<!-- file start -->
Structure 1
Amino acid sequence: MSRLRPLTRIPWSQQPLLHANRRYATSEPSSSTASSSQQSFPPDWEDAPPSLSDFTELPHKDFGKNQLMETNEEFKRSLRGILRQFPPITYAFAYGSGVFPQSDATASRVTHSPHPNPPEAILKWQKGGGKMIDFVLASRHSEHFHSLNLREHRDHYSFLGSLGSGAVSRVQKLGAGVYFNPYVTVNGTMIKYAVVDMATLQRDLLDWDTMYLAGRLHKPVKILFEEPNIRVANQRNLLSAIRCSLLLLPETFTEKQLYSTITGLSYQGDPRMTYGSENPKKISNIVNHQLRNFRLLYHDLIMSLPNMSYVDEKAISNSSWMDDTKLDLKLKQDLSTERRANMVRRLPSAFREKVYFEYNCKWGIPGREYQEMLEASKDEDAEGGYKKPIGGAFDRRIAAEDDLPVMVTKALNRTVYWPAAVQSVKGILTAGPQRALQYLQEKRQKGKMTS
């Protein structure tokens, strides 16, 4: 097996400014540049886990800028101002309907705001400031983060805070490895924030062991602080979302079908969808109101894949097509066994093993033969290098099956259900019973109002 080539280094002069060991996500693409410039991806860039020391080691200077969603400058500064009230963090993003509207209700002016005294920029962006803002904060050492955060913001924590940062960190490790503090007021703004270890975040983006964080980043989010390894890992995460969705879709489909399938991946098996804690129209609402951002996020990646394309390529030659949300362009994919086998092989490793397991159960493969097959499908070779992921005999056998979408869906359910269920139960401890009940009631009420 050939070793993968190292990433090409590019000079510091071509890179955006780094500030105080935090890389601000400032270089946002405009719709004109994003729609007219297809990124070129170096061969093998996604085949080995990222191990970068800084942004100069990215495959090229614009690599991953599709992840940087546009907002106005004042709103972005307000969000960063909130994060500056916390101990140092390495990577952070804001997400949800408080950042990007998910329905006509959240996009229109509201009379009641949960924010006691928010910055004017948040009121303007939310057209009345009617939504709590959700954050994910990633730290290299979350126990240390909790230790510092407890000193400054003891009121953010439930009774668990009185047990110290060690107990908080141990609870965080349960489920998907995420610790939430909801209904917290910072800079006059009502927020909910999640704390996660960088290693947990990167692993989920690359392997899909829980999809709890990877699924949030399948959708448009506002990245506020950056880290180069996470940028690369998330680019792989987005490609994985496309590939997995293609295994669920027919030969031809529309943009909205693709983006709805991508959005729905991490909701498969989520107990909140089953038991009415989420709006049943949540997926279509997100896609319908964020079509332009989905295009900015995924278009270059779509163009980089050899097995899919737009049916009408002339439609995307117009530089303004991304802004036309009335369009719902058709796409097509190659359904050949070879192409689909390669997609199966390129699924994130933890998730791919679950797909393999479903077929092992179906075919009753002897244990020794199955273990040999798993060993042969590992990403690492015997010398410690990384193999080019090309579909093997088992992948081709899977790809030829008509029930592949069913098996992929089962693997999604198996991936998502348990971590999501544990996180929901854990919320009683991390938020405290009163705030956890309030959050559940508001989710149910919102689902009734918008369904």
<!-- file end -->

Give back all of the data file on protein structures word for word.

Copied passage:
Structure 1
Amino acid sequence: MSRLRPLTRIPWSQQPLLHANRRYATSEPSSSTASSSQQSFPPDWEDAPPSLSDFTELPHKDFGKNQLMETNEEFKRSLRGILRQFPPITYAFAYGSGVFPQSDATASRVTHSPHPNPPEAILKWQKGGGKMIDFVLASRHSEHFHSLNLREHRDHYSFLGSLGSGAVSRVQKLGAGVYFNPYVTVNGTMIKYAVVDMATLQRDLLDWDTMYLAGRLHKPVKILFEEPNIRVANQRNLLSAIRCSLLLLPETFTEKQLYSTITGLSYQGDPRMTYGSENPKKISNIVNHQLRNFRLLYHDLIMSLPNMSYVDEKAISNSSWMDDTKLDLKLKQDLSTERRANMVRRLPSAFREKVYFEYNCKWGIPGREYQEMLEASKDEDAEGGYKKPIGGAFDRRIAAEDDLPVMVTKALNRTVYWPAAVQSVKGILTAGPQRALQYLQEKRQKGKMTS
């Protein structure tokens, strides 16, 4: 097996400014540049886990800028101002309907705001400031983060805070490895924030062991602080979302079908969808109101894949097509066994093993033969290098099956259900019973109002 080539280094002069060991996500693409410039991806860039020391080691200077969603400058500064009230963090993003509207209700002016005294920029962006803002904060050492955060913001924590940062960190490790503090007021703004270890975040983006964080980043989010390894890992995460969705879709489909399938991946098996804690129209609402951002996020990646394309390529030659949300362009994919086998092989490793397991159960493969097959499908070779992921005999056998979408869906359910269920139960401890009940009631009420 050939070793993968190292990433090409590019000079510091071509890179955006780094500030105080935090890389601000400032270089946002405009719709004109994003729609007219297809990124070129170096061969093998996604085949080995990222191990970068800084942004100069990215495959090229614009690599991953599709992840940087546009907002106005004042709103972005307000969000960063909130994060500056916390101990140092390495990577952070804001997400949800408080950042990007998910329905006509959240996009229109509201009379009641949960924010006691928010910055004017948040009121303007939310057209009345009617939504709590959700954050994910990633730290290299979350126990240390909790230790510092407890000193400054003891009121953010439930009774668990009185047990110290060690107990908080141990609870965080349960489920998907995420610790939430909801209904917290910072800079006059009502927020909910999640704390996660960088290693947990990167692993989920690359392997899909829980999809709890990877699924949030399948959708448009506002990245506020950056880290180069996470940028690369998330680019792989987005490609994985496309590939997995293609295994669920027919030969031809529309943009909205693709983006709805991508959005729905991490909701498969989520107990909140089953038991009415989420709006049943949540997926279509997100896609319908964020079509332009989905295009900015995924278009270059779509163009980089050899097995899919737009049916009408002339439609995307117009530089303004991304802004036309009335369009719902058709796409097509190659359904050949070879192409689909390669997609199966390129699924994130933890998730791919679950797909393999479903077929092992179906075919009753002897244990020794199955273990040999798993060993042969590992990403690492015997010398410690990384193999080019090309579909093997088992992948081709899977790809030829008509029930592949069913098996992929089962693997999604198996991936998502348990971590999501544990996180929901854990919320009683991390938020405290009163705030956890309030959050559940508001989710149910919102689902009734918008369904």